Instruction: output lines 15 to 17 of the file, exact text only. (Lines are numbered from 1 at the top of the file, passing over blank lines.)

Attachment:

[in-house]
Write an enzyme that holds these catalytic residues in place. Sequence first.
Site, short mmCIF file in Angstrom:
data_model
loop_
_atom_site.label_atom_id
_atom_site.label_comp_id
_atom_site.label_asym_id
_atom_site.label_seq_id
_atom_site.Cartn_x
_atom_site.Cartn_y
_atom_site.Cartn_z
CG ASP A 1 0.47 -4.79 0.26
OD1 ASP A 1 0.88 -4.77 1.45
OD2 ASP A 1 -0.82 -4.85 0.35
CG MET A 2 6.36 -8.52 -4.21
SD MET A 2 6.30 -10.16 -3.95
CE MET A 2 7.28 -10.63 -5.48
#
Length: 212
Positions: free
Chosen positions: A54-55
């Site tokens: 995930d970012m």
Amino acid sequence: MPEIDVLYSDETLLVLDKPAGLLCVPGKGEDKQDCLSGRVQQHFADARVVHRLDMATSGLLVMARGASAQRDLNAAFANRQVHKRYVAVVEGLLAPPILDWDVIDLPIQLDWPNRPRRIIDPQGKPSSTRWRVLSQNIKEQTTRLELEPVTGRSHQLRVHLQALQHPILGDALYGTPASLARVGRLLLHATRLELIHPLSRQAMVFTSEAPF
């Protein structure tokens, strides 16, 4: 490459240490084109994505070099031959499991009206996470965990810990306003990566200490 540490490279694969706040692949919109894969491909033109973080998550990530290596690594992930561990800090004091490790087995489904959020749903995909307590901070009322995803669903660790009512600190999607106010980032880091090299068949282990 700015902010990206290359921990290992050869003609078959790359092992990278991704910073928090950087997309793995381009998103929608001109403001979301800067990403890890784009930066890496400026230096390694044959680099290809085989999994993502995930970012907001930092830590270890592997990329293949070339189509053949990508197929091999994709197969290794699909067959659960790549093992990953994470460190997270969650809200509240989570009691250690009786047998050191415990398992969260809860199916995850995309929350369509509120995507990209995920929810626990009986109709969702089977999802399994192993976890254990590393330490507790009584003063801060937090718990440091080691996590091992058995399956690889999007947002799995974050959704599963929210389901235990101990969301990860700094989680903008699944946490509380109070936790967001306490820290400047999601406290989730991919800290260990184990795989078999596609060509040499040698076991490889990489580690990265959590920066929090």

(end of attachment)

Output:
OD2 ASP A 1 -0.82 -4.85 0.35
CG MET A 2 6.36 -8.52 -4.21
SD MET A 2 6.30 -10.16 -3.95